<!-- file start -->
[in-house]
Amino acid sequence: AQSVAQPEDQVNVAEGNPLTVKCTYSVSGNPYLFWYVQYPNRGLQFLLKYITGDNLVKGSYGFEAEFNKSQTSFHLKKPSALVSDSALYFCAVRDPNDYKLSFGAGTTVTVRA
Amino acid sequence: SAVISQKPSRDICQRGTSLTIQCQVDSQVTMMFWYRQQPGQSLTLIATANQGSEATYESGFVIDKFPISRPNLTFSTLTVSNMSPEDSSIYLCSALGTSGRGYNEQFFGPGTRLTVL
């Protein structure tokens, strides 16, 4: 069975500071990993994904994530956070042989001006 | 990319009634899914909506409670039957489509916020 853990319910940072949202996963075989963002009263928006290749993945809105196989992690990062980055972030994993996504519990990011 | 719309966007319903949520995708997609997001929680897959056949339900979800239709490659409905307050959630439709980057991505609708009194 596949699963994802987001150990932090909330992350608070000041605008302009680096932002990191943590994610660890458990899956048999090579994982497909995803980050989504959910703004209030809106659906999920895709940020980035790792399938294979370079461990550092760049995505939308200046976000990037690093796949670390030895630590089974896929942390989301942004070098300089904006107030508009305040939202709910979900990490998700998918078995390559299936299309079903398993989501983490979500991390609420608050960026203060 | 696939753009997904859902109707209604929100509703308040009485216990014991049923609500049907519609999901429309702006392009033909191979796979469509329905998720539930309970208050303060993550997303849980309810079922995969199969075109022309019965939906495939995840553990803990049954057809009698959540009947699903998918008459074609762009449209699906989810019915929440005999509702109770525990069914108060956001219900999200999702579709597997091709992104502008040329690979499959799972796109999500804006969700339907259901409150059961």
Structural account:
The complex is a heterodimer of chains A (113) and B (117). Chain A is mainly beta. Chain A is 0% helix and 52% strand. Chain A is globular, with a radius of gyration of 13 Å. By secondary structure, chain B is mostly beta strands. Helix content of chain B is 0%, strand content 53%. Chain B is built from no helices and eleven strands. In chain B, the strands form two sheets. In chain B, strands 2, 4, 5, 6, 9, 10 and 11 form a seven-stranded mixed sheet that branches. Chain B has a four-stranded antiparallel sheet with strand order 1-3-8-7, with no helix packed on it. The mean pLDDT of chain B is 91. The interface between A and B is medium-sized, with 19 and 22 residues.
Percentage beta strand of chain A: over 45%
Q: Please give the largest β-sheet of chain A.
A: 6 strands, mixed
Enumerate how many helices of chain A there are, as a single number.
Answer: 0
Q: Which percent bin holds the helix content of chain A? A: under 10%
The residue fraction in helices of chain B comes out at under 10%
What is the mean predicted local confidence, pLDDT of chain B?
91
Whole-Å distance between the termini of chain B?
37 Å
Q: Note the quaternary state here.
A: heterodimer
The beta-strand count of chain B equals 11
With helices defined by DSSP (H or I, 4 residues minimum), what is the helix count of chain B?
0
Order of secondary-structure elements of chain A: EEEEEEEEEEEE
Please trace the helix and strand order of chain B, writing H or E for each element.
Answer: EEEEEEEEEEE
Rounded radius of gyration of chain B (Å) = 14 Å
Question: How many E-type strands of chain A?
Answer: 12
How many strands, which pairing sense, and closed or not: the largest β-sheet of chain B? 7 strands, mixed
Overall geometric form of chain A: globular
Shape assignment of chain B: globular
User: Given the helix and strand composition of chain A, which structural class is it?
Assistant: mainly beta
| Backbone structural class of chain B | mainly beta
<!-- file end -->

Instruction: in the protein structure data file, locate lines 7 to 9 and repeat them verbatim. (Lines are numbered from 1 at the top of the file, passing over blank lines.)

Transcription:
Percentage beta strand of chain A: over 45%
Q: Please give the largest β-sheet of chain A.
A: 6 strands, mixed